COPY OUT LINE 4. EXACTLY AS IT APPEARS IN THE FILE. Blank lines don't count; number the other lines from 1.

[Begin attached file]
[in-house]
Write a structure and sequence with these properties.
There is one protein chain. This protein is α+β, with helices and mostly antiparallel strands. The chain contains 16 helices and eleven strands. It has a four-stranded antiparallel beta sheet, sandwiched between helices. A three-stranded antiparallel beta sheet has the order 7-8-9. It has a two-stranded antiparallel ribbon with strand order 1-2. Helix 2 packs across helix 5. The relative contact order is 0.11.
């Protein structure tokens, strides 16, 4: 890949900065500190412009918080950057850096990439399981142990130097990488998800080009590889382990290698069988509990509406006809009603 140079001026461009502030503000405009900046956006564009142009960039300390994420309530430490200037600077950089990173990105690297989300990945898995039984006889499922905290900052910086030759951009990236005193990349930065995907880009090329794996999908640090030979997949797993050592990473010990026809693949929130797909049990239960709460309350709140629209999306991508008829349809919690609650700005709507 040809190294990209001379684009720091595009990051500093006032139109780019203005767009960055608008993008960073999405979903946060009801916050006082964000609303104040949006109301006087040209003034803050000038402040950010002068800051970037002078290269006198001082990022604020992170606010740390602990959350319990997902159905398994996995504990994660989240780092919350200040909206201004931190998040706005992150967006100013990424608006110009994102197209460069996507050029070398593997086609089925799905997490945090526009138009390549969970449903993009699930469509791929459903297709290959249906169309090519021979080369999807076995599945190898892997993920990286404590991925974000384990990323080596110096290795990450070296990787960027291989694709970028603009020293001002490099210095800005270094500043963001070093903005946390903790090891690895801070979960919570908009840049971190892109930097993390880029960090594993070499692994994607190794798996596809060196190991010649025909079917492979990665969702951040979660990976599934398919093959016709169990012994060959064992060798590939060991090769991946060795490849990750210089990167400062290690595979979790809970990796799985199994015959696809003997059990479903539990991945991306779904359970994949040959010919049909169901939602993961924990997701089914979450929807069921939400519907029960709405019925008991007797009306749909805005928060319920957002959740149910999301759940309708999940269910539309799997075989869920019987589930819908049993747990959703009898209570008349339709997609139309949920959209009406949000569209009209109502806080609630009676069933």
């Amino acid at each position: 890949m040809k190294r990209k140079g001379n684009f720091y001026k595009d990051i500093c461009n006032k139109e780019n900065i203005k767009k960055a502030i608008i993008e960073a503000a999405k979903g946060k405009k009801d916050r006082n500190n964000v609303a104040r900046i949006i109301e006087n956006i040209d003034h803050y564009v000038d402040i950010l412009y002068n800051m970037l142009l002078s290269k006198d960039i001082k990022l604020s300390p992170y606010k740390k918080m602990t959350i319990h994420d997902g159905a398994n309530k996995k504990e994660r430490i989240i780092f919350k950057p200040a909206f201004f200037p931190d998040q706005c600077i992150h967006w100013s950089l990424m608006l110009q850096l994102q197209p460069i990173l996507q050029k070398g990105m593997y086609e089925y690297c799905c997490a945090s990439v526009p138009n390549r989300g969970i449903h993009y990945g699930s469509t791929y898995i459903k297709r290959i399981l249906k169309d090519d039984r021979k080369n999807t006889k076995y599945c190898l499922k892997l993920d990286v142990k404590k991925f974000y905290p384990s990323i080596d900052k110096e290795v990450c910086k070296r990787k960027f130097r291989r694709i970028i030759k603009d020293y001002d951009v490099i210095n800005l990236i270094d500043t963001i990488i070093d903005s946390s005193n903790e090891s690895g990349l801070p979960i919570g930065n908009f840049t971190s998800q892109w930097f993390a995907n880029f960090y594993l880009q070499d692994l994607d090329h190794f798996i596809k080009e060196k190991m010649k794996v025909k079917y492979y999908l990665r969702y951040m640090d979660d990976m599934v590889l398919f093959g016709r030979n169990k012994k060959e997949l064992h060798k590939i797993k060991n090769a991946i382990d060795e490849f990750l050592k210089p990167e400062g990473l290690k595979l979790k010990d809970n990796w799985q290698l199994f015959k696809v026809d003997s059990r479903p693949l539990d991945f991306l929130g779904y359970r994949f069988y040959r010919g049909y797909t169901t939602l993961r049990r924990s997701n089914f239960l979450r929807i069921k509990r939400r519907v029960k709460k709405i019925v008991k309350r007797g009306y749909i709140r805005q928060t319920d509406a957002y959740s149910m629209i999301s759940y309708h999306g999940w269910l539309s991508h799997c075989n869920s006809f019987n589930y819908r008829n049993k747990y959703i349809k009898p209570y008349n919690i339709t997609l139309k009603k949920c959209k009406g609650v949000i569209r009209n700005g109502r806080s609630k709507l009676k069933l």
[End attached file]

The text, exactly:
């Protein structure tokens, strides 16, 4: 890949900065500190412009918080950057850096990439399981142990130097990488998800080009590889382990290698069988509990509406006809009603 140079001026461009502030503000405009900046956006564009142009960039300390994420309530430490200037600077950089990173990105690297989300990945898995039984006889499922905290900052910086030759951009990236005193990349930065995907880009090329794996999908640090030979997949797993050592990473010990026809693949929130797909049990239960709460309350709140629209999306991508008829349809919690609650700005709507 040809190294990209001379684009720091595009990051500093006032139109780019203005767009960055608008993008960073999405979903946060009801916050006082964000609303104040949006109301006087040209003034803050000038402040950010002068800051970037002078290269006198001082990022604020992170606010740390602990959350319990997902159905398994996995504990994660989240780092919350200040909206201004931190998040706005992150967006100013990424608006110009994102197209460069996507050029070398593997086609089925799905997490945090526009138009390549969970449903993009699930469509791929459903297709290959249906169309090519021979080369999807076995599945190898892997993920990286404590991925974000384990990323080596110096290795990450070296990787960027291989694709970028603009020293001002490099210095800005270094500043963001070093903005946390903790090891690895801070979960919570908009840049971190892109930097993390880029960090594993070499692994994607190794798996596809060196190991010649025909079917492979990665969702951040979660990976599934398919093959016709169990012994060959064992060798590939060991090769991946060795490849990750210089990167400062290690595979979790809970990796799985199994015959696809003997059990479903539990991945991306779904359970994949040959010919049909169901939602993961924990997701089914979450929807069921939400519907029960709405019925008991007797009306749909805005928060319920957002959740149910999301759940309708999940269910539309799997075989869920019987589930819908049993747990959703009898209570008349339709997609139309949920959209009406949000569209009209109502806080609630009676069933």